Soon enough he will get that he can't bamboozle you into feeding him kid friendly junk.

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15400 · October 16, 2013 at 9:39 AM

My answer will be a bit different since I am a former teacher:

1. Don't encourage your child and don't praise him for eating healthy foods. When kids know they are praised, they feel cheated. For them it feels they are doing something their parents want them to do, which cannot be good. Just treat his eating matter-of-factly. He dwells on the fact that he becomes the center of your attention every time he does not eat something. So take this pleasure away from him and replace it with something else. He does not eat it - fine. No biggie.

2. Have family meals. Set the table, eat together and chat with your spouse about things. Put a plate in front of him with the same food you eat. Do not talk to your child about food, just discuss something irrelevant. When he sees nobody is paying attention to what he eats, he will start nibbling on things. You can also make a "forbidden" dish - put some Paleo item on your and your spouse's plate, but not on his. He will notice and ask for it. When he does, don't reward him for doing so and tell him, "great!" You can even say, "No, there is only enough for mommy and daddy, not for you. We'll make some for you next time, okay?" The next time you have the same, he will definitely eat it.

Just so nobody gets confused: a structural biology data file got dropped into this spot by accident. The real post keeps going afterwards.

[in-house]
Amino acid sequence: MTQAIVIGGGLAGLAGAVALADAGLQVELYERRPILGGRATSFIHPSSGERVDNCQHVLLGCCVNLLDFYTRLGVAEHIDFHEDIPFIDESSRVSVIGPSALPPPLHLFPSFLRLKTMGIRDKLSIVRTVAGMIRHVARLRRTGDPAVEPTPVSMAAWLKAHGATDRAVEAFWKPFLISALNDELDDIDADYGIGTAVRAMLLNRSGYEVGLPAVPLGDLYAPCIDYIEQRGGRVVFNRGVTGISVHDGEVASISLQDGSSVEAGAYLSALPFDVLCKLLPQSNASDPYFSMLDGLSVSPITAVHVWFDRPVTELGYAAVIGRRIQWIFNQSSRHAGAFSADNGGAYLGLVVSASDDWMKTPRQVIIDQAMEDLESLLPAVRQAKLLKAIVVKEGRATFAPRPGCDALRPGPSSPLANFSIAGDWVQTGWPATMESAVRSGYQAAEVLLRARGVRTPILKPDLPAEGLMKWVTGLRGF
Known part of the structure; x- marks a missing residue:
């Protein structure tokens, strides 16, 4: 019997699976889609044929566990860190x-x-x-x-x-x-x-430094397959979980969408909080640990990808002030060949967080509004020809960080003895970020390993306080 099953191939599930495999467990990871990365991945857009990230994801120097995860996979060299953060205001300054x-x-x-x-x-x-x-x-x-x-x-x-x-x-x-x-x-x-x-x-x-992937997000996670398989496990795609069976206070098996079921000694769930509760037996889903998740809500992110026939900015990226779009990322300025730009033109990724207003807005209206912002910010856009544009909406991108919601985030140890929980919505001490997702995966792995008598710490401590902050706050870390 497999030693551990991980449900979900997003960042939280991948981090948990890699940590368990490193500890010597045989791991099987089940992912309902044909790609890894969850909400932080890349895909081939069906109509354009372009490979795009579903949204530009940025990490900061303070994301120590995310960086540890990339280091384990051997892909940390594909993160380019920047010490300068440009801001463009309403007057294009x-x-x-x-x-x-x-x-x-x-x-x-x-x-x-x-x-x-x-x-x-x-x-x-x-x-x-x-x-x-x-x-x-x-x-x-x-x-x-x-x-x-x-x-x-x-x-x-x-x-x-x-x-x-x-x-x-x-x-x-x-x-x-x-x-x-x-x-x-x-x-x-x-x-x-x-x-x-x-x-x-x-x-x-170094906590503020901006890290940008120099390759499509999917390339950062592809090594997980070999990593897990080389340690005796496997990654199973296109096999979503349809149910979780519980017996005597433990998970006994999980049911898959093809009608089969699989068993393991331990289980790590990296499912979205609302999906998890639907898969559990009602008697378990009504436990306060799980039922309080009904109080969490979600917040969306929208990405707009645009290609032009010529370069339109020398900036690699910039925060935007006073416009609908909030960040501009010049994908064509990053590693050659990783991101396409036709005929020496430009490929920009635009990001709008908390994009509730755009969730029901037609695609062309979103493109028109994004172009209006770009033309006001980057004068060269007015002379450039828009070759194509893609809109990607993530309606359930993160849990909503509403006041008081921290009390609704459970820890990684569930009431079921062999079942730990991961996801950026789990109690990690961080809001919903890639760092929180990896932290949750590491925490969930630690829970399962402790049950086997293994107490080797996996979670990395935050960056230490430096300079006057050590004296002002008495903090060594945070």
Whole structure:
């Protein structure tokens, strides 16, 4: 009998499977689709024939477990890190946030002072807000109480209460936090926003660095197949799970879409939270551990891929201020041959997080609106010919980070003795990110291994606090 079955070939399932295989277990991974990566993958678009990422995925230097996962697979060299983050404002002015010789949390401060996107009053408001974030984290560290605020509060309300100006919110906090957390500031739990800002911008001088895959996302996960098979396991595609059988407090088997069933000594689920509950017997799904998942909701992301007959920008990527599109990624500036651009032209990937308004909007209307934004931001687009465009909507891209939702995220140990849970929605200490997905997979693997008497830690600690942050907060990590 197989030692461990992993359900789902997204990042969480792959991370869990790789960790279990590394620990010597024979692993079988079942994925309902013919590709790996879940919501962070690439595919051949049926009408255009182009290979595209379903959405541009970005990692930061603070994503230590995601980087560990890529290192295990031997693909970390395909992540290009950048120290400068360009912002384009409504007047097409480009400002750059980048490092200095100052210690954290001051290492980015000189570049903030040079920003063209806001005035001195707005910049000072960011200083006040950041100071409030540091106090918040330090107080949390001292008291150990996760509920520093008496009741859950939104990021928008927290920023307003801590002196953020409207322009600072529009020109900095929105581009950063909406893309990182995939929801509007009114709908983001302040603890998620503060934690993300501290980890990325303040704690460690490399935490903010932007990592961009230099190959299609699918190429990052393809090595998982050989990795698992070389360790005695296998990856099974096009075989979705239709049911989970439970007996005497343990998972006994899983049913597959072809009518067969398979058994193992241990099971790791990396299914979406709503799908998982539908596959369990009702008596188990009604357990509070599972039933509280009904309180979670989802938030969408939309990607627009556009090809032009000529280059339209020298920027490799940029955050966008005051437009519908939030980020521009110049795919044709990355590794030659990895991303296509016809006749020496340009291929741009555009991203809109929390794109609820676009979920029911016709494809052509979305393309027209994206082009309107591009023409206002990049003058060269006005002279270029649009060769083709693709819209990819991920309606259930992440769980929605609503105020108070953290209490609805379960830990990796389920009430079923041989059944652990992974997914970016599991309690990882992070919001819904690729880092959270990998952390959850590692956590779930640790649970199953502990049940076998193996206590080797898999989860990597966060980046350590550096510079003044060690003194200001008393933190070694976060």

3. No snacks. Yes, no snacks.

4. No forbidden items in the house, even gluten free. I guarantee it, that if you just follow "what he eats is not a big deal" rule, sooner or later he will be eating anything you want him to eat. Just make sure not to praise him about eating it.

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0 · October 16, 2013 at 4:13 PM

Something struck a nerve for me in OP's post that I forgot to comment on, and it was the praise. You nailed it.

I went around with my wife on this regarding potty-training. She thought the kids should have a big reward (beyond some simple recognition) with potty training. My attitude was "isn't not having shit on yourself is enough reward?" lol

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0 · October 15, 2013 at 10:08 PM

I am aware of the pitfalls of GF food. I do feel that it is better than the alternative. I would be the happiest father in the world if he ate a wide variety of fruits and veggies with the occasional meat. Tried smoothies. Every which way possible. All catering to his sweet tooth. He refuses to try any, even if he helps make it. He might put his mouth to it and then exclaim that it is yucky. Even if everyone in the house loves it. I am not worried about his weight or his carb count. I am worried that the only things he will eat are GF grilled cheese, GF pizza, Sweet potatoes fries, Bacon and almond milk.

Medium avatar
0 · October 15, 2013 at 11:10 PM

Maybe I'm lucky that I have not had picky eaters for kids, but I would just make available the foods that are good for him, and thats it. If he wants to "fast it out" for a day, its not a big deal. Eventually he will eat what you serve, and his palate will change. Even picky eaters will take fruit, white potatoes, rice, maybe carrots, which would be an improvement. I agree about not getting into all that GF stuff. Stuff from boxes = bad. Good luck.

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41544 · October 15, 2013 at 10:58 PM

Grow a pair, he'll get hungry and eat.